Australia on yesterday barred Papua New Guinea's (PNG) prime minister from visiting the country, as a diplomatic row between Canberra and two South Pacific nations showed no signs of abating.
Australian Foreign Minister Alexander Downer said his country would cut ministerial contacts with its northern neighbor until an investigation was held into the escape from PNG of a Solomon Islands official wanted on child sex charges.
The official, suspended attorney-general Julian Moti, was arrested at Australia's request during an airport stopover in PNG on Sept. 29.
But after being granted bail he sheltered in the Solomons embassy in the PNG capital Port Moresby for a week before being flown to the Solomon Islands on a PNG military flight last Tuesday.
It was important for Papua New Guinea to establish who gave the orders allowing Moti to leave the country, Downer told Network Ten television.
"In the meantime I don't think it's appropriate for the prime minister of Papua New Guinea to come to Australia and I don't think the defense minister should come later this month as was originally planned," he said.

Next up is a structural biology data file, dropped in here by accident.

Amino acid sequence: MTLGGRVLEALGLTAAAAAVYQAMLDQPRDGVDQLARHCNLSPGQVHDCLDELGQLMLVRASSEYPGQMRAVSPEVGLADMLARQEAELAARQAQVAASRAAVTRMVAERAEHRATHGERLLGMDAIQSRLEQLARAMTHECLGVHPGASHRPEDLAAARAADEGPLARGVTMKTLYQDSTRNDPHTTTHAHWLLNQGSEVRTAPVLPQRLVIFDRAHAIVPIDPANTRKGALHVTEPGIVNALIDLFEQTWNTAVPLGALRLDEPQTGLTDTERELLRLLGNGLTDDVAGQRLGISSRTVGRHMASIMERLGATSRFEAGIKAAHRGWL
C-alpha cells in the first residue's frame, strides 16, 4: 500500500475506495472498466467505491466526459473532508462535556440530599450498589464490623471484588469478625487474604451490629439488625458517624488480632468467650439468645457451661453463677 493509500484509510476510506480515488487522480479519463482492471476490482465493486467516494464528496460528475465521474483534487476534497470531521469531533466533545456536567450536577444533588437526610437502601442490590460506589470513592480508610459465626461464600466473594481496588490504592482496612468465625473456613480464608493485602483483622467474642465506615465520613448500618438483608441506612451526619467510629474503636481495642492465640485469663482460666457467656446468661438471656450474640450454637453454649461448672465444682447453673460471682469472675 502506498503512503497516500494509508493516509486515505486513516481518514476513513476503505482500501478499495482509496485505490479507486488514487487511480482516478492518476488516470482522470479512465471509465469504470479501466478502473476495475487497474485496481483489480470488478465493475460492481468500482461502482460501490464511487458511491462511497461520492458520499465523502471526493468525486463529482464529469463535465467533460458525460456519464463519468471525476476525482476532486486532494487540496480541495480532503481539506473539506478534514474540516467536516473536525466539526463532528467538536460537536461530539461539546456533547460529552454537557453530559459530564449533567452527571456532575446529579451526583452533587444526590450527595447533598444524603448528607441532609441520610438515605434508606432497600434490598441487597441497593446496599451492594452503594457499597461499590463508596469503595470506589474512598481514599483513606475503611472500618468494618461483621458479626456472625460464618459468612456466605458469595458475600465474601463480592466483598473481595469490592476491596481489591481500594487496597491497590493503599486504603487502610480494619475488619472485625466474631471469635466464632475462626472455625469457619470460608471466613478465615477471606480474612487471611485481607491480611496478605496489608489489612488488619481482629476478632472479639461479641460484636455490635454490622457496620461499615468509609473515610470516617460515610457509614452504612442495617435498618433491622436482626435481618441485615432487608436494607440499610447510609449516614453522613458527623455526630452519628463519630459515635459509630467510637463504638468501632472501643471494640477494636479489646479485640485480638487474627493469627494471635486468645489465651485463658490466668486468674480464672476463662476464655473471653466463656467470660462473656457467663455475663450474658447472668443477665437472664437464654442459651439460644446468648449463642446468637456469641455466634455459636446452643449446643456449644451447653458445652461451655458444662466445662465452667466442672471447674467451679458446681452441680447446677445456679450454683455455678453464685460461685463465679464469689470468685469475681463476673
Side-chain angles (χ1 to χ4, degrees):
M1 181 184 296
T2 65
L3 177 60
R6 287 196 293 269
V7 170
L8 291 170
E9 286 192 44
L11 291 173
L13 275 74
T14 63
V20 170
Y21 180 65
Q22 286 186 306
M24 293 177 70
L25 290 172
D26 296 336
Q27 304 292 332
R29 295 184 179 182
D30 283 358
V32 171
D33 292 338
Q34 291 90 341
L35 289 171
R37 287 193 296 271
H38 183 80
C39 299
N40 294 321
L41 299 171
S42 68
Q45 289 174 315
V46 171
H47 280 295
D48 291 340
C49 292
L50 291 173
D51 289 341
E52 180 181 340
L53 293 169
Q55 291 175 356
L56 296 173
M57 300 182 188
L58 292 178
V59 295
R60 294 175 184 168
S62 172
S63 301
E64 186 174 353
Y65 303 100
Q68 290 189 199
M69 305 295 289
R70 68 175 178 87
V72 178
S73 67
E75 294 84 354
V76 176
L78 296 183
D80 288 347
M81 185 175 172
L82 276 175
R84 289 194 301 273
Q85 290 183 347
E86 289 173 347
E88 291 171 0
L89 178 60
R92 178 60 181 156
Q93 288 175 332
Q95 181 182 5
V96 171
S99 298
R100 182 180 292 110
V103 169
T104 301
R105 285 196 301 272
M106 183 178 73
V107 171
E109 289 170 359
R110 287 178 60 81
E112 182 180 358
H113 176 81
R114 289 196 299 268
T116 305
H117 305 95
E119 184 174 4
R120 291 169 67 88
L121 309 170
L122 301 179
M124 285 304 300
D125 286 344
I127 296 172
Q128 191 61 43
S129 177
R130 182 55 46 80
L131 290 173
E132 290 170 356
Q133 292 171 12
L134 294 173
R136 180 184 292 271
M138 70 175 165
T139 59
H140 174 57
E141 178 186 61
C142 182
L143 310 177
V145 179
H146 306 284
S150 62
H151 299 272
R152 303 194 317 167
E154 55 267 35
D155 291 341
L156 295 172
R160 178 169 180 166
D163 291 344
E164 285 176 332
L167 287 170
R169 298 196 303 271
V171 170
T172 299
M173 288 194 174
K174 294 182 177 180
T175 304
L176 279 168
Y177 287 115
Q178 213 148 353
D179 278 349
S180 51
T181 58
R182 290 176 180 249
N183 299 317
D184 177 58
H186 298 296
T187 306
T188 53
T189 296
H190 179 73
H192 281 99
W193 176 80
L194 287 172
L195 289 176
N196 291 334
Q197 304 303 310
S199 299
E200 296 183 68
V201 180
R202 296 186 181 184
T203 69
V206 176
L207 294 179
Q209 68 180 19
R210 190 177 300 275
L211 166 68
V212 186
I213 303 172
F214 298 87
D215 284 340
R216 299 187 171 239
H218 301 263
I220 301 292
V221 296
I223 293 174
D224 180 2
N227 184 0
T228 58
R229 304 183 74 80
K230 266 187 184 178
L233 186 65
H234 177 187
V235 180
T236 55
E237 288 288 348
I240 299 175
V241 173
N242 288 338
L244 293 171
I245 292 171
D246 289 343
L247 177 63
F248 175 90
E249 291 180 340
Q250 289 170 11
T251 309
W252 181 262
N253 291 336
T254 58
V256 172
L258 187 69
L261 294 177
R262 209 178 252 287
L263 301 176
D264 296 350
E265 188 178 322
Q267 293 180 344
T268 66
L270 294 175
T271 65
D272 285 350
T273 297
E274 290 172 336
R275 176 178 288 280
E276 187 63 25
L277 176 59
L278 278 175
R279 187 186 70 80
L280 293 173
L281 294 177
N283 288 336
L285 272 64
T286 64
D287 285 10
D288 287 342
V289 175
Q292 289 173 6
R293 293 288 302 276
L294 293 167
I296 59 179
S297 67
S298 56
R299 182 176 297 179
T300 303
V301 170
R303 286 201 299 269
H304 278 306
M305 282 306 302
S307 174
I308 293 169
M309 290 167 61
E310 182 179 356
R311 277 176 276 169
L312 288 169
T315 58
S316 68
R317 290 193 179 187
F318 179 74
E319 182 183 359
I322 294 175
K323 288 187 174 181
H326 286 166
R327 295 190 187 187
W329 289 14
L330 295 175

He said a ministerial forum with PNG at the end of the year was now also in doubt.
"I think until we have sorted these problems out, we should suspend our ministerial contacts with them," Downer said.
PNG Prime Minister Michael Somare said shortly after Moti's arrest that he would be allowed to leave PNG, but his spokeswoman said later that Somare had not known of the plan to fly the fugitive out of the country.
Moti, now in custody in the Solomons and facing charges of illegal entry, is wanted in Australia on child sex charges involving a 13-year-old girl in Vanuatu in 1997.
Downer also warned that the row threatened Australia's aid to Pacific nations.
"For the Papua New Guinea government to have spirited a fugitive out of the country, in breach of Papua New Guinea law, is a reminder that there is a real problem with governance in some corners of the Pacific," Downer said.
"Australia has got to learn not just to shovel aid into neighboring countries but to make sure there are high standards of governance," he said. "We have taken the view that Australia has to take a stronger approach to these problems."
The Solomons also raised the stakes last Friday, threatening to kick Australia out of a regional force deployed to maintain stability in the troubled Pacific nation.
Solomon Prime Minister Manasseh Sogavare told parliament that Australians would be removed if Canberra continued to push for the extradition of Moti, an Australian lawyer who is reportedly a close friend of the Solomon leader.